I've just started reading a course on Iwasawa Theory in Washington's book Introduction to Cyclotomic fields, and have had some trouble with the proofs of theoremes. I would like someone explain to me the proof of this proposition.

Proposition : Let $K_\infty/K$ be a $\mathbb{Z}_p$-extension. At least one prime ramifies in this extension, , and there exists $n\geq 0$ such that every prime which ramifies in $K_\infty/ K_n$ is totally ramified.

Now, I understand that some prime ideal $\frak p$ of $K$ must ramify in $K_\infty$ because class field theory says the maximal unramified abelian extension of $K$ is finite. and I understand that only finitely many primes of $K$ ramify in $K_\infty/K$ ( the $p$-adic place). Call them $\frak{p}_1,...,\frak{p}$$_{r}$ and let $I_1, . . . , I_r$ be the corresponding inertia groups. Then $$\bigcap I_i=p^n\mathbb {Z}_p.$$ for some $n$(because $\cap I_i$ is closed). The fixed field of $p^n\mathbb {Z}_p$ is $K_n$ and $Gal(K_\infty/ K_n)$ is contained in each $I_i.$

What bothers me is the following : Washington immediately conclude that all primes above each $\frak {p}_{i}$ are totally ramified in $ K_\infty/K_n$ without giving the definition of total ramification in infinite Galois extension.

my question is : why all primes above each $\frak {p}_{i}$ are totally ramified in $ K_\infty/K_n$ ?

thank you for your time and for your help.

  • $\begingroup$ Are you using $\Bbb Z_p$ for the cyclic group of order $p$ and the phrase "$p$-adic" in the same span of text? $\endgroup$ – anon Dec 7 '13 at 23:43
  • $\begingroup$ @anon No, a $\mathbb{Z}_p$-extension is a Galois extension with Galois group the $p$-adic integers. $\endgroup$ – Alex Youcis Dec 7 '13 at 23:44
  • $\begingroup$ Oh wow. ${}{}{}$ $\endgroup$ – anon Dec 7 '13 at 23:46
  • $\begingroup$ Amine, doesn't this just follow from the fact that you are now looking above the inertial field of each? $\endgroup$ – Alex Youcis Dec 7 '13 at 23:46
  • $\begingroup$ @anon It's not that crazy. The field $\mathbb{Q}(\mu_p)$ (the field generated by all $p$-power roots of unity) is a $\mathbb{Z}_p$-extension of $\mathbb{Q}$. In some sense, much of the obstruction to the classic technique to solve FLT is contained in this $\mathbb{Z}_p$-extension. $\endgroup$ – Alex Youcis Dec 7 '13 at 23:48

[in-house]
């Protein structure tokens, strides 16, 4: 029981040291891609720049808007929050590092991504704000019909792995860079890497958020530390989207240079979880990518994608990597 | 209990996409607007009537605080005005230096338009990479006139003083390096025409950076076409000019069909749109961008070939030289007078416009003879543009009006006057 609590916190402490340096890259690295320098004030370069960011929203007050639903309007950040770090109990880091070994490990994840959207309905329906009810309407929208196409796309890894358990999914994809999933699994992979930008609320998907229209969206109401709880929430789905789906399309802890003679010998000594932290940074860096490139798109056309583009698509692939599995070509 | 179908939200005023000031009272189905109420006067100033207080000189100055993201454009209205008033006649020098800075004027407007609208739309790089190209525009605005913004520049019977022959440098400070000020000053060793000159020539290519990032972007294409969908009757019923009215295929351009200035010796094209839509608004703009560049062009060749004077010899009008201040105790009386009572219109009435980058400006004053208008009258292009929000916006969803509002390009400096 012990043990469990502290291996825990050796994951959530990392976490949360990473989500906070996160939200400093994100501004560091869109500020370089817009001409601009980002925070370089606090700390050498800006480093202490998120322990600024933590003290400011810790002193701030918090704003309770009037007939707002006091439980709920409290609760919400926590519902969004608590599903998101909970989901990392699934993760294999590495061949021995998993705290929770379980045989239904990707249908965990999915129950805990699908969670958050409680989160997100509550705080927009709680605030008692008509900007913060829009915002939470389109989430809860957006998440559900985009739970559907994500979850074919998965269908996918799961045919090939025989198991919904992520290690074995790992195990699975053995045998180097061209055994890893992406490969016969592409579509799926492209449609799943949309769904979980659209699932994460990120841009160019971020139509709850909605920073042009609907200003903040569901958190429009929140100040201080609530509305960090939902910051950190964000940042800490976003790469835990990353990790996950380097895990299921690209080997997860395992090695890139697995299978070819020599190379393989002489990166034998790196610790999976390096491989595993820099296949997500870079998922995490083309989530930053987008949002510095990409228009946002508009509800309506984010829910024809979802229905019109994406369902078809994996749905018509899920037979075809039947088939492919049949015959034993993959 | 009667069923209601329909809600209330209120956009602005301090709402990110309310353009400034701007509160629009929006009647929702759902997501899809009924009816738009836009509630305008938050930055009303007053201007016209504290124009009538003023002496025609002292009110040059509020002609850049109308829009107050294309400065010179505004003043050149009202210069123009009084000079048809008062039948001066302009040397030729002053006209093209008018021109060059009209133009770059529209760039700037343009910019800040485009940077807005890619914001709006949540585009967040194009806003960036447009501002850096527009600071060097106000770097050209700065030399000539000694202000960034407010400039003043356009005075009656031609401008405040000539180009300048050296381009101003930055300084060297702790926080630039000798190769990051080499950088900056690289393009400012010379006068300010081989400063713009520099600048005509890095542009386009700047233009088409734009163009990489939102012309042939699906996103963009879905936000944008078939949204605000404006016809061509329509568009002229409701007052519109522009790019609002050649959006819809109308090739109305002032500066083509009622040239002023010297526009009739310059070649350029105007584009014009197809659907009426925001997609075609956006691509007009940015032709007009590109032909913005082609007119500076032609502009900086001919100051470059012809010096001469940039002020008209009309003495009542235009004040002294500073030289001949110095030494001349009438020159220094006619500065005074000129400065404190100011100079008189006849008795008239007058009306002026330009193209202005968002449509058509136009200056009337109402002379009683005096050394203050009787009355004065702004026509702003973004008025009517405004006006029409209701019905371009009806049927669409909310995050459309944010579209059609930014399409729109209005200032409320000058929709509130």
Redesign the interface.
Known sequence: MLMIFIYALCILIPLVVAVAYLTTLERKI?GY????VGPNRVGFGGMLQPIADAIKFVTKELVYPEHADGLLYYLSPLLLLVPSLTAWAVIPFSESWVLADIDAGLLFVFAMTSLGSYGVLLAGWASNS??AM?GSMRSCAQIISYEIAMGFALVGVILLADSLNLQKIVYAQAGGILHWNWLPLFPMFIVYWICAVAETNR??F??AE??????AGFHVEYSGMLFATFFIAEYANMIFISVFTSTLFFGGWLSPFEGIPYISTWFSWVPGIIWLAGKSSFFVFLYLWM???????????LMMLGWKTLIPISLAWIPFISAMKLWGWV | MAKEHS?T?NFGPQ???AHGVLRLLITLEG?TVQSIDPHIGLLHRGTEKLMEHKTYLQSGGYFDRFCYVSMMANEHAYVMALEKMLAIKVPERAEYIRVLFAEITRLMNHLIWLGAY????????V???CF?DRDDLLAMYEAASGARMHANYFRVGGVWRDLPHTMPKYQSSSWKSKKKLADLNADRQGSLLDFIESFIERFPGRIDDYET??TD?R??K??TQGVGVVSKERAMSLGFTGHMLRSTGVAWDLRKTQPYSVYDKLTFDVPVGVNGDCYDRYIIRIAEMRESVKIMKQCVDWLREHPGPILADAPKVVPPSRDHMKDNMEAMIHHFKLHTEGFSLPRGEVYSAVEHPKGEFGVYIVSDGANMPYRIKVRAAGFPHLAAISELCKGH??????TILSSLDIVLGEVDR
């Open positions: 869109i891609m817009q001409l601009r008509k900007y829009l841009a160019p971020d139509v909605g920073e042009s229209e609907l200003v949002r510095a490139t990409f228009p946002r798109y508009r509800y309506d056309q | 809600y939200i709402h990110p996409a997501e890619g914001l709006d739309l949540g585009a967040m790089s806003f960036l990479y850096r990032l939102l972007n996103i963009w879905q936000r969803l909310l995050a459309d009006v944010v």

It doesn't make sense to say that each $\mathfrak{p}_i$ is totally ramified in $K_\infty/K_n$. What makes sense is total ramification of the primes of $K_n$ above each $\mathfrak{p}_i$ in $K_\infty/K_n$. So why is this true? Let $\mathfrak{P}$ be a prime of $K_n$ above some $\mathfrak{p}_i$. I want to show that the inertia group $I$ of $\mathfrak{P}$ in $\mathrm{Gal}(K_\infty/K_n)$ is equal to $\mathrm{Gal}(K_\infty/K_n)$. But it follows from the definition of inertia groups that $I=I_i\cap\mathrm{Gal}(K_\infty/K_n)=\mathrm{Gal}(K_\infty/K_n)$, the second equality holding because by construction $\mathrm{Gal}(K_\infty/K_n)\subseteq I_i$. So $\mathfrak{P}$ is totally ramified (incidentally this forces there to be a unique prime of $K_\infty$ above $\mathfrak{P}$ because the cardinality of the set of primes above $\mathfrak{P}$ is equal to the index of the decomposition group of $\mathfrak{P}$ in $K_\infty$, which we've just shown coincides with the inertia group and is equal to the entire Galois group, so the index is $1$).

  • $\begingroup$ Keenan just a question. why the cardinality of the set of primes above $\frak P$ is equal to the index of the decomposition group of $\frak P$ in $K_\infty$ ?? $\endgroup$ – Med Dec 8 '13 at 22:29
  • 1
    $\begingroup$ Because the Galois group of $K_\infty$ over $K_n$ acts transitively on the set of primes lying over $\mathfrak{P}$, and the decomposition group is the stablizer of any prime of $K_\infty$ above $\mathfrak{P}$. $\endgroup$ – Keenan Kidwell Dec 8 '13 at 22:38
  • $\begingroup$ Ehm, of course. Thank you very very much :) $\endgroup$ – Med Dec 8 '13 at 22:40
  • $\begingroup$ @KeenanKidwell you can also answer this question if you are interested math.stackexchange.com/questions/2777979/… $\endgroup$ – Blacksmith May 12 '18 at 16:53

Your Answer

By clicking “Post Your Answer”, you agree to our terms of service, privacy policy and cookie policy

Not the answer you're looking for? Browse other questions tagged or ask your own question.